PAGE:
A grand jury in Mississippi declined to indict a white woman whose accusation that Black teenager Emmett Till propositioned her in 1955 led to his abduction and murder, which helped sparked the civil rights movement, a prosecutor said Tuesday.
The grand jury decided after seven hours of deliberation that there was insufficient evidence to indict Carolyn Bryant Donham, who was 21 at the time of Till's killing, of complicity in his kidnap and murder, Dewayne Richardson, the prosecutor for Leflore County, said in a statement.
The decision came a month after an unserved arrest warrant from the time of the crime was found in the basement of the Leflore County courthouse for Donham, her husband Roy Bryant and his half-brother J.W. Milam.
The two men -- both now deceased -- were arrested and acquitted on murder charges by an all-white jury, but Donham was never taken into custody.
The pair later admitted in a magazine interview that they had killed the boy.
Last month, US media reported that an unpublished memoir written by Donham claimed she was unaware that Till would be tortured and murdered.
In her account, she said the men brought the boy to her in the middle of the night and she denied it was him, but that he himself admitted it.
In 2004, the Justice Department had reopened the investigation, but was unable to press any charges due to the statute of limitations.
In 2017, the author of a book on the case said Donham had confessed that Till had never made any advances. The Justice Department reopened the file again, but investigators failed to determine whether she had invented the incident or not, and the investigation was closed again in December 2021.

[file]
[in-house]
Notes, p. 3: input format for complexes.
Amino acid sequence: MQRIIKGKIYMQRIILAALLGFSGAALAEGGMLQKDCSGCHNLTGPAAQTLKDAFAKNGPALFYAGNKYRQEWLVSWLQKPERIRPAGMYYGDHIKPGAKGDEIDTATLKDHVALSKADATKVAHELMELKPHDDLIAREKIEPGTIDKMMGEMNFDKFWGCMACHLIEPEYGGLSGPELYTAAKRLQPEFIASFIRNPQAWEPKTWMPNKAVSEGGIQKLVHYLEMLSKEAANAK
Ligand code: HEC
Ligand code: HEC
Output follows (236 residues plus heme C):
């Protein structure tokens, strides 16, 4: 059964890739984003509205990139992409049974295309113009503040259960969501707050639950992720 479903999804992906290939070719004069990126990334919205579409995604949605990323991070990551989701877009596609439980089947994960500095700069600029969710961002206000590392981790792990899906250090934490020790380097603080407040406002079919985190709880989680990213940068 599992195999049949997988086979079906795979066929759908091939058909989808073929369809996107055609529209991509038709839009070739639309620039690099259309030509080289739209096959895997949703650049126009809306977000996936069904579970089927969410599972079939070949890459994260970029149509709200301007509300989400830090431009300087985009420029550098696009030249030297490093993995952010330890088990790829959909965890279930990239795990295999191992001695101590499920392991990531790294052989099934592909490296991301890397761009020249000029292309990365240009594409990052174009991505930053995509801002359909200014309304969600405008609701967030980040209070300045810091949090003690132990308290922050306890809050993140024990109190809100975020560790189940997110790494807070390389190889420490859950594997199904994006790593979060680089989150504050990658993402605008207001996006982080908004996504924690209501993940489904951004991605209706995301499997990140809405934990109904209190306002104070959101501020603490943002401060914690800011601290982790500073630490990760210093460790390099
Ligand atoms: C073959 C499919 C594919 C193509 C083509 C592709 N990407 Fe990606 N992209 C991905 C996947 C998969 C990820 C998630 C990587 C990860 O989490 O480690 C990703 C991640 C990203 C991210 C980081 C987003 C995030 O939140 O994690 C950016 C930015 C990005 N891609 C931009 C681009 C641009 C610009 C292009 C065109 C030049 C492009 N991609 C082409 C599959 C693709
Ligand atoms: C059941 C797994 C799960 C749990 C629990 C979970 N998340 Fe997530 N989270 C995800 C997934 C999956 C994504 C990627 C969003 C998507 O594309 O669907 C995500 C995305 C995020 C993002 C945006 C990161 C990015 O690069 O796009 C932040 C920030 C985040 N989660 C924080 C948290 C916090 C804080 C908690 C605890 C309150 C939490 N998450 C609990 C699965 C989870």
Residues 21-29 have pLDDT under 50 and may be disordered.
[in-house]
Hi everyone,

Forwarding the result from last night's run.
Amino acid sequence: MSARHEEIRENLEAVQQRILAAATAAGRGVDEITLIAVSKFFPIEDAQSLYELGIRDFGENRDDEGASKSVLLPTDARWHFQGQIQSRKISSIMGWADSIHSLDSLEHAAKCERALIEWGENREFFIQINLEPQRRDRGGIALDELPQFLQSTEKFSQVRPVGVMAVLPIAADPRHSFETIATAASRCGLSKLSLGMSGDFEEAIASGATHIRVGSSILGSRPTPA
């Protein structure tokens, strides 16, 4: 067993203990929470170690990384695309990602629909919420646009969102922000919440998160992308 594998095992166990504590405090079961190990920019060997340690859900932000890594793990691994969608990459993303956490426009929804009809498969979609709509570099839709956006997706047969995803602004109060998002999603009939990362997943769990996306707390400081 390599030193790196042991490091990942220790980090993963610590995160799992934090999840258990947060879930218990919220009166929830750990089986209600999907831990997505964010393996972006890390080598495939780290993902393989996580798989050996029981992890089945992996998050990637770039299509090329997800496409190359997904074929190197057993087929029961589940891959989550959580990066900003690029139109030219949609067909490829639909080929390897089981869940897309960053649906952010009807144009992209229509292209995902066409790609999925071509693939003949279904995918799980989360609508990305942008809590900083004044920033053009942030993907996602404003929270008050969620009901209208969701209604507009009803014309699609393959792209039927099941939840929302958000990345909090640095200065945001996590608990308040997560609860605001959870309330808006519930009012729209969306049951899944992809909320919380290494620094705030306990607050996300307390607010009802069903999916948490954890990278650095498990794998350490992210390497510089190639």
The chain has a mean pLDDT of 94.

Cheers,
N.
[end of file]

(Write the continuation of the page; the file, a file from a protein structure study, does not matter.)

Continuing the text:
Till, who lived in Chicago, was visiting relatives in Mississippi when he and some other local children visited the store owned by the Bryants, where Donham was working alone.
She said at the time he had propositioned her and touched her on the arm, hand and waist.
His disfigured body was found a few days later in a river. The decision by his mother to have the body displayed in an open casket at the funeral brought home the horrors of lynchings and discrimination in the South, and helped trigger the civil rights movement of the 1950s and 1960s.
Till's cousin, Reverend Wheeler Parker Jr, told CBS News that the decision was "unfortunate but predictable" after "hundreds of years of anti-Black systems that guaranteed those who killed Emmett Till would go unpunished, to this day."
In March, a new law named after Till came into effect making racist lynchings a federal crime with a punishment of up to 30 years in prison.